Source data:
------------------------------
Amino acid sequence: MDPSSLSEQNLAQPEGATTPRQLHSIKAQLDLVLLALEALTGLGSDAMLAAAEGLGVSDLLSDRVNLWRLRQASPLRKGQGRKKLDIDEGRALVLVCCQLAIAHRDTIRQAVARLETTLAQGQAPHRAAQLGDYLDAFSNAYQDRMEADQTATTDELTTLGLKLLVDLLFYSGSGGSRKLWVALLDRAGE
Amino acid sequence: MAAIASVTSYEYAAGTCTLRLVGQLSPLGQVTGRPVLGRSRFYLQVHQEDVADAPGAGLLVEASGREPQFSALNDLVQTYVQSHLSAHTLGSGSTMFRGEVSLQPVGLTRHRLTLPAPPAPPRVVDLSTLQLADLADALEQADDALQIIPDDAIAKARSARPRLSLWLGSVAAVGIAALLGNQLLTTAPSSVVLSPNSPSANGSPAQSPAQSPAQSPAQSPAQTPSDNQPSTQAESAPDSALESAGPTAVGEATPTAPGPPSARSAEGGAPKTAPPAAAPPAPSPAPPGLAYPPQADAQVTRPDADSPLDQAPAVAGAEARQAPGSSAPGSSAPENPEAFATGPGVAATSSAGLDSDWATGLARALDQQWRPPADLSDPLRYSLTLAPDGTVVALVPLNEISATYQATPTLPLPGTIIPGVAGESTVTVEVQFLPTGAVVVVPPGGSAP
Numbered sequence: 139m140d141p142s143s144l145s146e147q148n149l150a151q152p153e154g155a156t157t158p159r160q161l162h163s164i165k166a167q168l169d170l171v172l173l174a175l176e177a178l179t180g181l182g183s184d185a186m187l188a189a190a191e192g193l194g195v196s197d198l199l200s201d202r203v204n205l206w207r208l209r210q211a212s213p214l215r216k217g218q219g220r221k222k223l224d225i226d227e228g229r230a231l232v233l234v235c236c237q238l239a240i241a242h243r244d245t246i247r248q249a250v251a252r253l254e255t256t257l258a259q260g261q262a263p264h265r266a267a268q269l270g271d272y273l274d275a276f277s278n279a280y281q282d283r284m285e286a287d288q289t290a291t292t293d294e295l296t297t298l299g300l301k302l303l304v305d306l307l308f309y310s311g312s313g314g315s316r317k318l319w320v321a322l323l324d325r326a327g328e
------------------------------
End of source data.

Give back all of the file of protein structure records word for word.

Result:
Amino acid sequence: MDPSSLSEQNLAQPEGATTPRQLHSIKAQLDLVLLALEALTGLGSDAMLAAAEGLGVSDLLSDRVNLWRLRQASPLRKGQGRKKLDIDEGRALVLVCCQLAIAHRDTIRQAVARLETTLAQGQAPHRAAQLGDYLDAFSNAYQDRMEADQTATTDELTTLGLKLLVDLLFYSGSGGSRKLWVALLDRAGE
Amino acid sequence: MAAIASVTSYEYAAGTCTLRLVGQLSPLGQVTGRPVLGRSRFYLQVHQEDVADAPGAGLLVEASGREPQFSALNDLVQTYVQSHLSAHTLGSGSTMFRGEVSLQPVGLTRHRLTLPAPPAPPRVVDLSTLQLADLADALEQADDALQIIPDDAIAKARSARPRLSLWLGSVAAVGIAALLGNQLLTTAPSSVVLSPNSPSANGSPAQSPAQSPAQSPAQSPAQTPSDNQPSTQAESAPDSALESAGPTAVGEATPTAPGPPSARSAEGGAPKTAPPAAAPPAPSPAPPGLAYPPQADAQVTRPDADSPLDQAPAVAGAEARQAPGSSAPGSSAPENPEAFATGPGVAATSSAGLDSDWATGLARALDQQWRPPADLSDPLRYSLTLAPDGTVVALVPLNEISATYQATPTLPLPGTIIPGVAGESTVTVEVQFLPTGAVVVVPPGGSAP
Numbered sequence: 139m140d141p142s143s144l145s146e147q148n149l150a151q152p153e154g155a156t157t158p159r160q161l162h163s164i165k166a167q168l169d170l171v172l173l174a175l176e177a178l179t180g181l182g183s184d185a186m187l188a189a190a191e192g193l194g195v196s197d198l199l200s201d202r203v204n205l206w207r208l209r210q211a212s213p214l215r216k217g218q219g220r221k222k223l224d225i226d227e228g229r230a231l232v233l234v235c236c237q238l239a240i241a242h243r244d245t246i247r248q249a250v251a252r253l254e255t256t257l258a259q260g261q262a263p264h265r266a267a268q269l270g271d272y273l274d275a276f277s278n279a280y281q282d283r284m285e286a287d288q289t290a291t292t293d294e295l296t297t298l299g300l301k302l303l304v305d306l307l308f309y310s311g312s313g314g315s316r317k318l319w320v321a322l323l324d325r326a327g328e